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Formation of Macropores in Calcium Phosphate Cement Implants

Published

Author(s)

Shozo Takagi, Laurence C. Chow

Abstract

A calcium phosphate cement (CPC) was shown to harden at ambient temperatures and form hydroxyapatite as the only end-product. Animal study results showed showed that CPC resorbed slowly and was replaced by new bone. For some clinical applications, it would be desirable to have macropores built into the CPC implant to obtain a more rapid resorption and concomitant osseointegration of the implant. The present study investigated the feasibility of a new method for producing macropores in CPC. Sucrose granules, NaHCO3, and Na2HPO4 were sieved to obtain particle sizes in the range of 125 m to 250 m. The following mixtures of CPC powder (an equimolar mixture of tetracalcium phosphate, Ca4(PO4)2O, and dicalcium phosphate anhydrous, CaHPO4) and one of the above additive granules were prepared: control-no additive; mixture A-0.25 mass fraction of sucrose; mixture B - 0.25 mass fraction of NaHCO3; mixture C - 0.25 mass fraction of Na2HPO4; and mixture D - 0.33 mass fraction of Na2HPO4. Cement samples were prepared by mixing 0.3 g of the above mixtures with 0.075 mL of the cement liquid (1 mol/L Na2HPO4). After hardening, the specimens were placed in water for 20 h at about 60 C to completely dissolve the additive crystals. Well-formed macropores in the shapes of the entrapped crystals were observed by scanning electron microscope (SEM). The macroporosities (mean standard deviation; n = 6) expressed as volume fraction in % were 0, 18.9 1.7, 26.9 1,6m 38,3 4.4 and 50.3 2.7 for the expressed as volume fraction in % were 0, 18.9 1.7, 26.9 1.6, 38.3 4.4 and 50.3 2.7 for the control, A, B, C and D, respectively. The diametral tensile stremgths (mean standard deviation; n=3) expressed in Mpa were 10.1 0.7, 3.7 0.3, 2.4 0.2, 1.5 0.5 and 0.4 0.1, respectively, for the five groups. The results showed that macropores can readily be formed in CPC implants with the use of water-soluble crystals. The mechanical strength of CPC decreased with increasing macroporosity.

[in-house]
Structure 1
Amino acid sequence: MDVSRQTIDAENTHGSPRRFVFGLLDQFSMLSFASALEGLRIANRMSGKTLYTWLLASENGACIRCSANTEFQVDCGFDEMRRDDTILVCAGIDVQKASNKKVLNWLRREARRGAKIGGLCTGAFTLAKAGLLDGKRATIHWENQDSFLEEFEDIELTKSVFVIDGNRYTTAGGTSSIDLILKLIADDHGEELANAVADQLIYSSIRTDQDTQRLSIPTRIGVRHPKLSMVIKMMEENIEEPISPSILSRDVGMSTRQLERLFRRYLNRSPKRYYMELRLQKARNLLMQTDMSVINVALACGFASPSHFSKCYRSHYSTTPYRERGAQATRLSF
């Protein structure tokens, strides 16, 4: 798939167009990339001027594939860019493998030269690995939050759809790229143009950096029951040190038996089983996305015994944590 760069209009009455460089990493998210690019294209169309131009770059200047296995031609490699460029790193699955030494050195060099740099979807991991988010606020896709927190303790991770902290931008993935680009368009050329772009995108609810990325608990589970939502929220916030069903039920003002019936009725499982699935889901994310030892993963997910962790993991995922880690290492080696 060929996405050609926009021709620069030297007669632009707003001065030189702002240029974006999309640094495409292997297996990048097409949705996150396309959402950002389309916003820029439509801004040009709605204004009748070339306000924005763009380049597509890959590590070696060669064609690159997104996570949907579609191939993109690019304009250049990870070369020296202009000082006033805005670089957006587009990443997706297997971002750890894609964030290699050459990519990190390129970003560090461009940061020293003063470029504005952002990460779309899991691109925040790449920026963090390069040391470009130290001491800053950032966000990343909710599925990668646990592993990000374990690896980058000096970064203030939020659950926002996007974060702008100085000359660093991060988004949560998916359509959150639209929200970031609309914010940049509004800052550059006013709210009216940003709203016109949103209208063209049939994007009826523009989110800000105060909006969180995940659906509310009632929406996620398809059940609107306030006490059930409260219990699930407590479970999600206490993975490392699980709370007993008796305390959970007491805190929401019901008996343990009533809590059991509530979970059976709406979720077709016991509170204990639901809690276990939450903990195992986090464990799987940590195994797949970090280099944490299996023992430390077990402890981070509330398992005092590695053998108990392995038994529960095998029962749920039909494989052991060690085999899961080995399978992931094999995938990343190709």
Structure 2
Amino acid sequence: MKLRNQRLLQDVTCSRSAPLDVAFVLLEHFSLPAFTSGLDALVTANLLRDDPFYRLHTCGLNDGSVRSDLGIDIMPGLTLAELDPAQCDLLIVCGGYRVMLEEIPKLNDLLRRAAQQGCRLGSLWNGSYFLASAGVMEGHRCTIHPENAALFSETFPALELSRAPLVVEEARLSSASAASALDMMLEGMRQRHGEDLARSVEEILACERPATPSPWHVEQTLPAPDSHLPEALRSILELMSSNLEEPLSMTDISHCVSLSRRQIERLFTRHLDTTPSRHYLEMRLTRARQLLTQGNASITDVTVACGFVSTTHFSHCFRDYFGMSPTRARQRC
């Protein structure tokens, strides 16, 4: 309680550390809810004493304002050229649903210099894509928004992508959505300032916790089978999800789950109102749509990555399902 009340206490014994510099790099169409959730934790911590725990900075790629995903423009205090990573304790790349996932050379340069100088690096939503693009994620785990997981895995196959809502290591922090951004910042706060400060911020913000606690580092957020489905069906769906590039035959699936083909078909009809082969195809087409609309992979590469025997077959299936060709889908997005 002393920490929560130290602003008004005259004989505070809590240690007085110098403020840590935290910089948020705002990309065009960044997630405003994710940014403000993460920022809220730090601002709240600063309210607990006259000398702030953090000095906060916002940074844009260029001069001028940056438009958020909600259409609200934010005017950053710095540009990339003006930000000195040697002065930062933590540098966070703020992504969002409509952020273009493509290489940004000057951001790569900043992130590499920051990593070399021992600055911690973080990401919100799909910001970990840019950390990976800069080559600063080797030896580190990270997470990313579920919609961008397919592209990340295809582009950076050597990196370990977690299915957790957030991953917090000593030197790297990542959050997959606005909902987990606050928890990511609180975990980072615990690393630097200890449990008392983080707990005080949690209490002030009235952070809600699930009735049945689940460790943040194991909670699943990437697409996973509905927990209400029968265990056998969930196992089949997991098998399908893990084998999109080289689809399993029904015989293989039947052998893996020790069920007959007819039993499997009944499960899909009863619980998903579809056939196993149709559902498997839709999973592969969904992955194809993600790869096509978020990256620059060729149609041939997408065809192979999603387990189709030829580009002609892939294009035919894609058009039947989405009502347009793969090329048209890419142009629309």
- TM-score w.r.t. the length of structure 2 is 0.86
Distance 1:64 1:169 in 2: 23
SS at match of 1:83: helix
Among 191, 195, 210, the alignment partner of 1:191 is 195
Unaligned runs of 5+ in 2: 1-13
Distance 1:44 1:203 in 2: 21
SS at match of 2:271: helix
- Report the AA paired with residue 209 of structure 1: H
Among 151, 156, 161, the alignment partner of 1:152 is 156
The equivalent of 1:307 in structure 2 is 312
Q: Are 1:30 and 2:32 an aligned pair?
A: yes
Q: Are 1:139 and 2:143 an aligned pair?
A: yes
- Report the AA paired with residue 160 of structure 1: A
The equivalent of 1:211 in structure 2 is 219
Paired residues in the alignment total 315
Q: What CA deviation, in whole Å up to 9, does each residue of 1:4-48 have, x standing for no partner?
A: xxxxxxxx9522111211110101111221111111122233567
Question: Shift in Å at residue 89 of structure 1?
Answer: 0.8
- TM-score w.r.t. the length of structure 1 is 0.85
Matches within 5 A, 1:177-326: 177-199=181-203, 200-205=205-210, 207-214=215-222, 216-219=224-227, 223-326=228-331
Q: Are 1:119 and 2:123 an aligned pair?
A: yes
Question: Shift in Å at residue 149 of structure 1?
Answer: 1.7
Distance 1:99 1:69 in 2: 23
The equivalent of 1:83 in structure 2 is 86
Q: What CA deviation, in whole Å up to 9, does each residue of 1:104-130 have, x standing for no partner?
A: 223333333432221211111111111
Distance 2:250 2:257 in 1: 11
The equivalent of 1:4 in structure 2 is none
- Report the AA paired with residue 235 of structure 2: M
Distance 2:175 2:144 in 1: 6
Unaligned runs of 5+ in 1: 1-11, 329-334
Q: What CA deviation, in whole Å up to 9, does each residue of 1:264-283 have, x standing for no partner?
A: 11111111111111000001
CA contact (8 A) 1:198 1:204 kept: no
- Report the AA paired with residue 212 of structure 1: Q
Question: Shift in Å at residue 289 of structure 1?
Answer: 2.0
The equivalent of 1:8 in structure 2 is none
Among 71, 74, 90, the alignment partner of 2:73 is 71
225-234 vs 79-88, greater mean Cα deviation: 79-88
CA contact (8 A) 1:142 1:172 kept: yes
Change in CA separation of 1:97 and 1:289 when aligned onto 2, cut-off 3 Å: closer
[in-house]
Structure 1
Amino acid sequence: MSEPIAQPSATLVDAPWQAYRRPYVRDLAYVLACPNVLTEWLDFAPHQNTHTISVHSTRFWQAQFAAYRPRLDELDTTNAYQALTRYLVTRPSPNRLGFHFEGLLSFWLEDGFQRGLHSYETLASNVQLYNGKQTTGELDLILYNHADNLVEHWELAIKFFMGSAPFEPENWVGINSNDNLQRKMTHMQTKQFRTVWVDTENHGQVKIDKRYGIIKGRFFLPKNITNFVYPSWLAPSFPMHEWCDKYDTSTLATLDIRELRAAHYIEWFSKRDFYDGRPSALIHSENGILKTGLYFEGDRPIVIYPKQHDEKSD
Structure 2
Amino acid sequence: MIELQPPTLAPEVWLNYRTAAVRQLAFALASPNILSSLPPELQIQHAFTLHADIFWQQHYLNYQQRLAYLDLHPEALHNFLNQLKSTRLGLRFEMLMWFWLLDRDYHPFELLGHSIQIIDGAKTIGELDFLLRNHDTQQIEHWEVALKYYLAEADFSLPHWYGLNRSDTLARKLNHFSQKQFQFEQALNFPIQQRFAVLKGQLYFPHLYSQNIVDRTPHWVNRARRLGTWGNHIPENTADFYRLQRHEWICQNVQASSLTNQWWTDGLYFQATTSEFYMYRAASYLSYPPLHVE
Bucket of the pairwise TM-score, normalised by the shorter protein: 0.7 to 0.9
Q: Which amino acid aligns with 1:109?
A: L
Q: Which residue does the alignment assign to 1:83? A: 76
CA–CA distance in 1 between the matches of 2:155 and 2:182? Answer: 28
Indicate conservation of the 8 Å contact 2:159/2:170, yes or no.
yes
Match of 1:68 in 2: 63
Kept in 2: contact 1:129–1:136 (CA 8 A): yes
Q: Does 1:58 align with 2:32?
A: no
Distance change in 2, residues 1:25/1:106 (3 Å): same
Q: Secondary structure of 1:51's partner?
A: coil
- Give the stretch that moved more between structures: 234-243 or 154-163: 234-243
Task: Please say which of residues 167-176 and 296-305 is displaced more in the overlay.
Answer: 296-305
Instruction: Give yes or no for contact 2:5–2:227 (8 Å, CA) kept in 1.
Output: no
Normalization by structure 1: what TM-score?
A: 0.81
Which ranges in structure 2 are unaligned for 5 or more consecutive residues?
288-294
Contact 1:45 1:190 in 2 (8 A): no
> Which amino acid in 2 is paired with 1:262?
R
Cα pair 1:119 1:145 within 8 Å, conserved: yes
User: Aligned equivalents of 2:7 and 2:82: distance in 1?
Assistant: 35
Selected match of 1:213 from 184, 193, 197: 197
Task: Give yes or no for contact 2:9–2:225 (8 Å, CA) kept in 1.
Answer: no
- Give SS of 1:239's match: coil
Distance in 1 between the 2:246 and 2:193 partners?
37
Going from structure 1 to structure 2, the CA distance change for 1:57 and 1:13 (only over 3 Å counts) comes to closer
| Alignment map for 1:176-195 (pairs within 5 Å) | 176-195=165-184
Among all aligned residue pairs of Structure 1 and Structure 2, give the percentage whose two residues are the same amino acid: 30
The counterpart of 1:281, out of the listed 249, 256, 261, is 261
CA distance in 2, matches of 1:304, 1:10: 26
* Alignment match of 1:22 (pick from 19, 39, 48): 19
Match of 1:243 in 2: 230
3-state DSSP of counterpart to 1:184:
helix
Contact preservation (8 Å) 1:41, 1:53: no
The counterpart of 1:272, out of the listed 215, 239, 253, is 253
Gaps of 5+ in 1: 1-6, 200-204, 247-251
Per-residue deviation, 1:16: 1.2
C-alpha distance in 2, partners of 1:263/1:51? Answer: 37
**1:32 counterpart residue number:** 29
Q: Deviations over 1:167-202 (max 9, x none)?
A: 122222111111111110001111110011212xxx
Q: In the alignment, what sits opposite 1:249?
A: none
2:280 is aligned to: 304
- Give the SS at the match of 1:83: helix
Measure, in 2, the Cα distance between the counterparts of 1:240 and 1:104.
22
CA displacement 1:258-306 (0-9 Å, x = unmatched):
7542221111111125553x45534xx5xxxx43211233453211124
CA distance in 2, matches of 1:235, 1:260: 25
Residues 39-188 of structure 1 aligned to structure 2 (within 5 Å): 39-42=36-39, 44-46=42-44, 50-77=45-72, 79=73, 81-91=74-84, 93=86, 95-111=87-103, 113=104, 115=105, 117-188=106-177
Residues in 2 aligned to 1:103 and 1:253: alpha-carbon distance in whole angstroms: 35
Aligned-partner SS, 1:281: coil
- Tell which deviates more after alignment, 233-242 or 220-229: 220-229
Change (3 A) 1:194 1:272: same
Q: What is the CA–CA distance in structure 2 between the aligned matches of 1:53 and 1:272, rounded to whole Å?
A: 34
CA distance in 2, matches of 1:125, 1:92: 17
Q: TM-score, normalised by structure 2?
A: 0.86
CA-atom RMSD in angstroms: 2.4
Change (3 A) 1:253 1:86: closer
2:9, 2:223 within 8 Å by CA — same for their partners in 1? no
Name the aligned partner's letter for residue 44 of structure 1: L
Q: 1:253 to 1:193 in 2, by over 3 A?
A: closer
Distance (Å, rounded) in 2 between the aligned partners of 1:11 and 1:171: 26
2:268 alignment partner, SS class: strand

Citation
Journal of Materials Science-Materials in Medicine
Volume
12
Issue
No. 12

Keywords

anhydrous, biomaterials, calcium phosphate cement, dicalcium phosphate anhydrous, hydroxyapatite, macropores, self-hardening cement, tetracalcium phosphate cement

Citation

Takagi, S. and Chow, L. (2001), Formation of Macropores in Calcium Phosphate Cement Implants, Journal of Materials Science-Materials in Medicine (Accessed July 25, 2024)

Issues

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Created February 1, 2001, Updated February 17, 2017